By Emily Devoe —
After more than fifty years of partnership, the Department of Art and Art History is no longer together. Separation was initiated by the Art History side of the department and presented first to the Committee on Educational Policies and Planning and then to the Skidmore faculty. The decision to split was unanimous. The Art History major was introduced to the college as part of the Art Department during the 1953-1954 school year. Art History was added to the Art Department with the intention that it would benefit the training of studio artists. From this point on, Art History remained under the auspices of the Art Department. The formal title “Department of Art and Art History” was a recent peace offering towards the field of study, but left an even stronger desire for freedom. As interest in the field was cultivated in students and the professional involvements of professors grew, Art History Faculty began to speak out about their desire for an individual identity as a department by way of separation.
When Skidmore relocated to its North Broadway campus in the 1970s, Art History received its first taste of independence. Physically the “department” separated from its maternal figure and moved into the Scribner Library. Art historians, with their heavy tomes laden with reproductions and text, slides, and Artstor images still reside there today. For years the Art History Professors’ offices consisted of little more than carrels in the library, surviving without a formal office or secretary.
Professor Penny Jolly took the initiative to become the first Director of the Art History Program in 1985. This position did not lend itself to much power within the greater Art Department but it did allow her to act in evaluating the Art History Faculty, arranging speakers, approving student requests, setting up art history courses, evaluating student credits, and running a separate budget. This improvement within the program allowed for greater and more influential changes. Real offices, an Art History prize, and a part-time secretary all participated in the legitimization of the department.
Reasons for the break-up stemmed from the professional and scholarly differences that exist between Art and Art History as academic fields. How student work is evaluated, how professors work with students, and expectations all differ greatly between the two subjects. Under the conglomerate department all professors had to collectively evaluate many decisions concerning tenure, hiring, promotion, and reappointment. With the increasing differences in practices and methodologies amongst studio artists and art historians, such influential decisions became increasingly difficult to make. For artists and art historians to evaluate each other in subject areas out of their academic domain was challenging and uncomfortable. Thus, breaking into separate departments became the apparent solution.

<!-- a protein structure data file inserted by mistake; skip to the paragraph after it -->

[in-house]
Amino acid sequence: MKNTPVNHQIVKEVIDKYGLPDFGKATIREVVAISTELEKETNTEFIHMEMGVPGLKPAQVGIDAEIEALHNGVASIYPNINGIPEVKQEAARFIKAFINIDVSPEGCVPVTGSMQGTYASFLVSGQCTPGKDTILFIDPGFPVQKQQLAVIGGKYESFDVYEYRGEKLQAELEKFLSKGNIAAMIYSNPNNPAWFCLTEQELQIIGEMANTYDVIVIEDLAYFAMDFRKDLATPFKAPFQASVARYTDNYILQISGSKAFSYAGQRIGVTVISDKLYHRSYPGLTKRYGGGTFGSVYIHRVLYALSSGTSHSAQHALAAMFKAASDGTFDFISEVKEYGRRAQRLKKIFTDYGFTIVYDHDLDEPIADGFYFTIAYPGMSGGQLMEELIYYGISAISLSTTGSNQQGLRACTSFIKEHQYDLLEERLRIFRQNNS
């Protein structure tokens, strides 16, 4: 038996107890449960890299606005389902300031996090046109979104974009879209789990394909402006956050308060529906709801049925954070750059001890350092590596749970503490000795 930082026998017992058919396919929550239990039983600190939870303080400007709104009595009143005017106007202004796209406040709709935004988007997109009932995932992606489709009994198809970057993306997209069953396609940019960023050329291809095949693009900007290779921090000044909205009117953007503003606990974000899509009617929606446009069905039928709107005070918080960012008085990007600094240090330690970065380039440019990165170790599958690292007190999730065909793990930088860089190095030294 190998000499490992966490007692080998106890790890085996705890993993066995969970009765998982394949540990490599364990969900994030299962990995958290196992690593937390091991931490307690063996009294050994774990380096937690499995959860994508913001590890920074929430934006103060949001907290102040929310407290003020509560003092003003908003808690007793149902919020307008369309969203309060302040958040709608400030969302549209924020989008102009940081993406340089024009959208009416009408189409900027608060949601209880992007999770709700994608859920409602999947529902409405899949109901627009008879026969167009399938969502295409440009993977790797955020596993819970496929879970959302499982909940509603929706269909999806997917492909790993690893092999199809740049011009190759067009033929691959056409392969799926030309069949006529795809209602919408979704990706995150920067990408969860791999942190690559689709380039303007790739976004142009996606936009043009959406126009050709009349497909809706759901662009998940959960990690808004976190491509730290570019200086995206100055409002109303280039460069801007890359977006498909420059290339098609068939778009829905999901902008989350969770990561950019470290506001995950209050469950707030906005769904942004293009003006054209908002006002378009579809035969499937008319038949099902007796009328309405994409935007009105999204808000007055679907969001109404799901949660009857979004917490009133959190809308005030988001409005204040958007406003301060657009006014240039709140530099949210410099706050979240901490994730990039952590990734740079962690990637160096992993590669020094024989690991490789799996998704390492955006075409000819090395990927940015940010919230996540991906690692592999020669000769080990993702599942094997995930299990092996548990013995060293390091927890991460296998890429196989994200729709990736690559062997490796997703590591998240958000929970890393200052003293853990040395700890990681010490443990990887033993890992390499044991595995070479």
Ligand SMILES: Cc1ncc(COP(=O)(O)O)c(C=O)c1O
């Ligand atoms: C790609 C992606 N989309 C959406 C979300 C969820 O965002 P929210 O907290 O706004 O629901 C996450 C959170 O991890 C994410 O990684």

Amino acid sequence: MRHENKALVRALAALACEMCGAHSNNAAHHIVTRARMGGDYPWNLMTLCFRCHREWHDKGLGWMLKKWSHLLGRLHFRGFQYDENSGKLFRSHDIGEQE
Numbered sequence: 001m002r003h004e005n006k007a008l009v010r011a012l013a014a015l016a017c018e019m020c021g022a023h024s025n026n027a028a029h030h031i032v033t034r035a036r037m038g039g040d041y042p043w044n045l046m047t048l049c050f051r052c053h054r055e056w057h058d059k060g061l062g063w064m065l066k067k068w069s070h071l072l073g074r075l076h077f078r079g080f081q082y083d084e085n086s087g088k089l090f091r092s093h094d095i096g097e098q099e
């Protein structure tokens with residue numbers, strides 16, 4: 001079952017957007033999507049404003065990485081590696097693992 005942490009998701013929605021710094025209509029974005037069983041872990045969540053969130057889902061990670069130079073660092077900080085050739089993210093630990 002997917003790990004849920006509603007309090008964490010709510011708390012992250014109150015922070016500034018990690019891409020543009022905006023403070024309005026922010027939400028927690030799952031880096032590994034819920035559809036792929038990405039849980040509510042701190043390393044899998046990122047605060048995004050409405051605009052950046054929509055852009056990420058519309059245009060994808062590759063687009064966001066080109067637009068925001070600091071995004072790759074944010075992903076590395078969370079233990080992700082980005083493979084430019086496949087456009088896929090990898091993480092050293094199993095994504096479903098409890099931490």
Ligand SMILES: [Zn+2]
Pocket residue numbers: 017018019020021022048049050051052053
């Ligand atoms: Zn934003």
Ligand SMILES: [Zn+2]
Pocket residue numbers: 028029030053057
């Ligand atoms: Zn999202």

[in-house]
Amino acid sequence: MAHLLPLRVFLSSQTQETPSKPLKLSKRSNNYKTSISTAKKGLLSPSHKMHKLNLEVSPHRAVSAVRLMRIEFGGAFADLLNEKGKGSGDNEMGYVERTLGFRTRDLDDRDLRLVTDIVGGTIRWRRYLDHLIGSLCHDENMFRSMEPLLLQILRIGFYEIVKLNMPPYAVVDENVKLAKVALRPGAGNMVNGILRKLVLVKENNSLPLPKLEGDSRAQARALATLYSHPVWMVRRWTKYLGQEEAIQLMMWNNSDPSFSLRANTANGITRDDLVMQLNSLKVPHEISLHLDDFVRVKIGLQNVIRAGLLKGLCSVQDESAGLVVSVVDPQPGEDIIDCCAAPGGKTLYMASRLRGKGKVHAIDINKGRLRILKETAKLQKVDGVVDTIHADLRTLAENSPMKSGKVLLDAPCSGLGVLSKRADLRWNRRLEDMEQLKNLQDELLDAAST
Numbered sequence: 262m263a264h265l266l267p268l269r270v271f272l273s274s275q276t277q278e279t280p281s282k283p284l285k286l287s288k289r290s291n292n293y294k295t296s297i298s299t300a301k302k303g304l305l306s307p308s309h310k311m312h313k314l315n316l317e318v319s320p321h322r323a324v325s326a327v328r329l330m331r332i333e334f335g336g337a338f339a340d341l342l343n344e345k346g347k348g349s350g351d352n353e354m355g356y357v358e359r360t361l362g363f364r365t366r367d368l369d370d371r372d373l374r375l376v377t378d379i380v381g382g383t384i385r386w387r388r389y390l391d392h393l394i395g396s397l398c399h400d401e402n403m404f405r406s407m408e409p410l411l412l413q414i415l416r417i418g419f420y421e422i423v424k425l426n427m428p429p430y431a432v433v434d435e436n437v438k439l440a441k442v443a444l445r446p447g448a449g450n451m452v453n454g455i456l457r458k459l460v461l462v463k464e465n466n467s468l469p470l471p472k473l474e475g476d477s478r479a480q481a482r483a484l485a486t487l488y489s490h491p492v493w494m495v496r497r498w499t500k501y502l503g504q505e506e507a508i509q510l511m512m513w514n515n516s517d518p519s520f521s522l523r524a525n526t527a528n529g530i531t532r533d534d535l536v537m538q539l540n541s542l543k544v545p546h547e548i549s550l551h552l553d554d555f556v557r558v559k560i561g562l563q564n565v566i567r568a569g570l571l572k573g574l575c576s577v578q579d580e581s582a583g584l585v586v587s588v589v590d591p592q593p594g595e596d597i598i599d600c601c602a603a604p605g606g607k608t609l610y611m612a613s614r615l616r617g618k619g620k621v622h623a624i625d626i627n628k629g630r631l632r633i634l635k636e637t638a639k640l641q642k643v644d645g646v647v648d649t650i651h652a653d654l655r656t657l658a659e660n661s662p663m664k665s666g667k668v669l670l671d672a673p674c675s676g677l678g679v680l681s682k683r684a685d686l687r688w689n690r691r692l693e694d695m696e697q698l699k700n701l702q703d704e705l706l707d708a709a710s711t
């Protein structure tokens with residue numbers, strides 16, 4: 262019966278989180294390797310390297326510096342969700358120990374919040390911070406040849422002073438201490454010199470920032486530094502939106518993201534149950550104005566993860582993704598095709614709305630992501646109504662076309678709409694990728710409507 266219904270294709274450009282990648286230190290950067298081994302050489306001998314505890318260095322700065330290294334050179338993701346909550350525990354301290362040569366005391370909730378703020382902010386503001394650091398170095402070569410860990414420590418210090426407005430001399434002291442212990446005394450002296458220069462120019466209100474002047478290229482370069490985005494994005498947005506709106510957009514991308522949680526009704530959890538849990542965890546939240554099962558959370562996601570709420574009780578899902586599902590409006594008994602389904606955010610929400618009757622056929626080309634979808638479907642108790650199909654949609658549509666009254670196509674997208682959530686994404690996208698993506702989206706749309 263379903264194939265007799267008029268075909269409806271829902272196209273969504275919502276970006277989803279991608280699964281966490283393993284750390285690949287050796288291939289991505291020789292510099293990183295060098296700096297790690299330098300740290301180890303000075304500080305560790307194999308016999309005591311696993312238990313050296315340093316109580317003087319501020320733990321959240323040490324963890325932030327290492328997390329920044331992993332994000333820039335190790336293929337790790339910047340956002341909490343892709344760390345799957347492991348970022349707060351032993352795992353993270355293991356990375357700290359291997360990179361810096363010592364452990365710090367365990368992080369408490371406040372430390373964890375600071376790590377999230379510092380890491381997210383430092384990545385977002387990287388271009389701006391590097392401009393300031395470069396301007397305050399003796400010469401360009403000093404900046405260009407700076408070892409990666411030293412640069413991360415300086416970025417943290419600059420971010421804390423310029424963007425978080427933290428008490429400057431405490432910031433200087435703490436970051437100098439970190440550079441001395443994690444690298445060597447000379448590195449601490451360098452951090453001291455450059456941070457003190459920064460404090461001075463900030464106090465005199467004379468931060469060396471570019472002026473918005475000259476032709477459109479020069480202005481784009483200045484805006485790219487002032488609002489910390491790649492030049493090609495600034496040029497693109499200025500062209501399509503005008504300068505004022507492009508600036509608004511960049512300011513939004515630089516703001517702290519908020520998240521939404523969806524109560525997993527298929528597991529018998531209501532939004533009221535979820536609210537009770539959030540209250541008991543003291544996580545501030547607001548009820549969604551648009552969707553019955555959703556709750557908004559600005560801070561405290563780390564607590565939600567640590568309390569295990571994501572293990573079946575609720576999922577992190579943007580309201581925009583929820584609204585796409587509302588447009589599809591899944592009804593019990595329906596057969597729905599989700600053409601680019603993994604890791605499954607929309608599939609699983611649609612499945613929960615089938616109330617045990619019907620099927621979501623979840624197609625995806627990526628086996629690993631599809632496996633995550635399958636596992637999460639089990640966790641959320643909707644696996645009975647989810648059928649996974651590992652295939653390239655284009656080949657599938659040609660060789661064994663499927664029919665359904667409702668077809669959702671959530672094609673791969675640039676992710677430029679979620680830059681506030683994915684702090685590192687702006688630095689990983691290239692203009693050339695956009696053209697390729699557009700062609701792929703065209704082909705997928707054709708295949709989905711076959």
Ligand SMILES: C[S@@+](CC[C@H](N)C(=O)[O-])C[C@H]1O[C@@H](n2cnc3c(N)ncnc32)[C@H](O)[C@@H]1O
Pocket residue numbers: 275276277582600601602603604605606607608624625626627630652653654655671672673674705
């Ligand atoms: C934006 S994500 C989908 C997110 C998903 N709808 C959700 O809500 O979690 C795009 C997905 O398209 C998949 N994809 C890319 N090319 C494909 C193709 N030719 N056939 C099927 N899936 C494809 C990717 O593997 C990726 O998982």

Seemingly, this change can only be positive. More focused attention in a smaller setting makes more sense both professionally and in creating stronger academic departments. Independently, the Art History Department may be small, but it certainly has gained recognition, especially with the upcoming Alfred Z. Solomon Residency at the Tang Museum which devotes a large sum of money to inviting speakers related to topics concerning art and art history. The residency is focused on uniting the museum with what faculty in the art and art history departments feel is most relevant to their courses by way of inviting artists and scholars to campus. The first Alfred Z. Solomon Residency is titled “The Future of Art History” and will be taking place Thursday November 20th, and Friday November 21st at 6:30pm at the Tang. Speakers include James Elkins of the Art Institute in Chicago and Robert Lehman of Yale University
While the initial impact may seem as minimal as a change in stationary, each department has a shot at securing a solid place within Skidmore’s academic departments. With regards to the future of the newly independent Art History Department, Professor Penny Jolly says, “let’s celebrate!”